Interested in a step-by-step illustrated tutorial on how a telephone call was completed in 1911, when operators were needed to place all calls? Look no further! Click to read more…
Take a look at what the fashionable radiation detector was wearing in 1956 — it’s like something you’d see in a low-budget sci-fi movie: an ant-man in a jumpsuit, with antennae and a throat microphone. I’m not sure *I’d* feel confident wearing this in a “hot zone,” but it was apparently deemed safe by the Hanford plutonium plant (aka “the Hanford Site”) in Richland, Washington. Check it out.
One of the many creations of priest-inventor Father John Milo was this coin-operated pig which would squeal like a pig when you twisted its tail, measure your strength, dispense chewing gum, and play a ragtime ditty. Read more about Father Milo inside.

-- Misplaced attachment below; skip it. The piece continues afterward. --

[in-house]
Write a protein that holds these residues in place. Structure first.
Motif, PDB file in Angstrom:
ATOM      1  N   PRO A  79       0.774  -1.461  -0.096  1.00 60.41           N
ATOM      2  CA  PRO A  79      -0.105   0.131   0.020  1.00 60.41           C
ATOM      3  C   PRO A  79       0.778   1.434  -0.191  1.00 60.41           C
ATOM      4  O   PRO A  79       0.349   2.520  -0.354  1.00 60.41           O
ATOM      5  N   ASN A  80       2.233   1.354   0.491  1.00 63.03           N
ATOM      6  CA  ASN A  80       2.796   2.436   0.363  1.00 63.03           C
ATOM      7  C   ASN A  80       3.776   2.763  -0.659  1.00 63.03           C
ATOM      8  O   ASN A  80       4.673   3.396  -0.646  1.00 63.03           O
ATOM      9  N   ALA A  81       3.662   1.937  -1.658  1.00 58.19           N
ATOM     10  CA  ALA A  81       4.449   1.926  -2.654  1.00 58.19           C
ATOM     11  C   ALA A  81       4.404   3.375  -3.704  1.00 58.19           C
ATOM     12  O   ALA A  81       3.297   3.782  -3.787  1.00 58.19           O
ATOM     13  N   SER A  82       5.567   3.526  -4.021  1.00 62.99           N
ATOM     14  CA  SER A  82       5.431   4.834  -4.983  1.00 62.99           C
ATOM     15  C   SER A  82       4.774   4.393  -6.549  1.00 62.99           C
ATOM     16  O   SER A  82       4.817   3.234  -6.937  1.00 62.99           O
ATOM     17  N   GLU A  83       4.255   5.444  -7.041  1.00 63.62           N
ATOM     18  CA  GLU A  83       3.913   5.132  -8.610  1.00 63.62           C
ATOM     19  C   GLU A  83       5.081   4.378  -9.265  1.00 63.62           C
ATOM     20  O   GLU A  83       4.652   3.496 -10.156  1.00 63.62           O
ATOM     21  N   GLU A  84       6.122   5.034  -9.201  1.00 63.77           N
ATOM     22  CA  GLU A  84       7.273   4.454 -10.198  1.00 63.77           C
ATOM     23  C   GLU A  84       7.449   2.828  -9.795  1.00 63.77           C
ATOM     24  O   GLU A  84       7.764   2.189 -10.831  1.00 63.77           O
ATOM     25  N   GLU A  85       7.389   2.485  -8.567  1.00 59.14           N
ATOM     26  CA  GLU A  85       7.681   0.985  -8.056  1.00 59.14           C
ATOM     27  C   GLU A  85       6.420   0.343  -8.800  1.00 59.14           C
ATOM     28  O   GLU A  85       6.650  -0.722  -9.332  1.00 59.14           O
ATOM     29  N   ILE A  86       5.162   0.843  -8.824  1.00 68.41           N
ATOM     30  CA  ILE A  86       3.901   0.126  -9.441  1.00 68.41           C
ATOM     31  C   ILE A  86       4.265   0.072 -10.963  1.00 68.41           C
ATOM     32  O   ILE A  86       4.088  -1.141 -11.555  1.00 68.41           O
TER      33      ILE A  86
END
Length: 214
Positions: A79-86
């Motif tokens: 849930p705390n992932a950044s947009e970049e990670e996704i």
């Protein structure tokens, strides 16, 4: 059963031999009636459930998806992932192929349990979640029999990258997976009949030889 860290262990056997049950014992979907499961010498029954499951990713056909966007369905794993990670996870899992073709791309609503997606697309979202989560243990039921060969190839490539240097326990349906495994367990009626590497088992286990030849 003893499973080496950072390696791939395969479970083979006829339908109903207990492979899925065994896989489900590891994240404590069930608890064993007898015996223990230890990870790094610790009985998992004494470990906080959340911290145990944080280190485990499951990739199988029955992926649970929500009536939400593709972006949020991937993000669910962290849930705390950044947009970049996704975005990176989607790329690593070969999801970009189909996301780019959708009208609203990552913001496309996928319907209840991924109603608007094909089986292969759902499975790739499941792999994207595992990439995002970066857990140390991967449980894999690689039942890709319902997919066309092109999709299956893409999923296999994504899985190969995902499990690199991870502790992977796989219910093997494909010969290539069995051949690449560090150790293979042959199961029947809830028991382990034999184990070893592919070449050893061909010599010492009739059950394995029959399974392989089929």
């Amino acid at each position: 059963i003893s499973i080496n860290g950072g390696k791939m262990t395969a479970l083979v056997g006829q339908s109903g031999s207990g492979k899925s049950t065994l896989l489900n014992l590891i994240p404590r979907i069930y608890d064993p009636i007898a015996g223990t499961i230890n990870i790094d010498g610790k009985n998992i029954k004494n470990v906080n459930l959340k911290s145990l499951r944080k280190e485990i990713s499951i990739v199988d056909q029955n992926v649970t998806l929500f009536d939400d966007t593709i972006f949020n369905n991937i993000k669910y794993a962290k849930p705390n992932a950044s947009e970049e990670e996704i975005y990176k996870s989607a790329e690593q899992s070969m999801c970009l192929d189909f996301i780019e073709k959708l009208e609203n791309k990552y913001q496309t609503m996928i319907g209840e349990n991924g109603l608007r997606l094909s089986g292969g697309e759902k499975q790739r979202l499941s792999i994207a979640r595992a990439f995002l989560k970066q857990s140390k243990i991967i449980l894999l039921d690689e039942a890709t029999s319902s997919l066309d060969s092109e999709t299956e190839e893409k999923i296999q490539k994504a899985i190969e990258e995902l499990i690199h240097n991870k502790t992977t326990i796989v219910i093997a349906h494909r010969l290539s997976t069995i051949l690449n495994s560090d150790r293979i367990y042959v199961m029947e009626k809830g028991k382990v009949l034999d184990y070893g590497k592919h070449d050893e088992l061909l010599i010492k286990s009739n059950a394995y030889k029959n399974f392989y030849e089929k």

A beautiful machine, a beautiful ad. “Easy to carry — speedy to operate.” See the full ad in the post.
Using living trees as antennas was an important element of inventor Maj.-Gen George O. Squier’s system of telephony, which was developed for use during WWI as a way to intercept enemy messages which had been electrically transmitted, as well as to receive and transmit messages from just anywhere with a living tree nearby. More about Squier’s odd-sounding “tree wireless” inside.
It’s lassoes vs. electric dynamite guns in this thrilling story of a crazy armored vehicle and a battle with masked desperadoes in Texas!
In 1922, when radios were introduced to the general public, Sir Arthur Conan Doyle — the creator of Sherlock Holmes and a staunch believer in Spiritualism — donned headphones and experienced radio for the first time, in Atlantic City. He speculated that the new technology might be quite efficacious in communing with the dearly departed. More inside.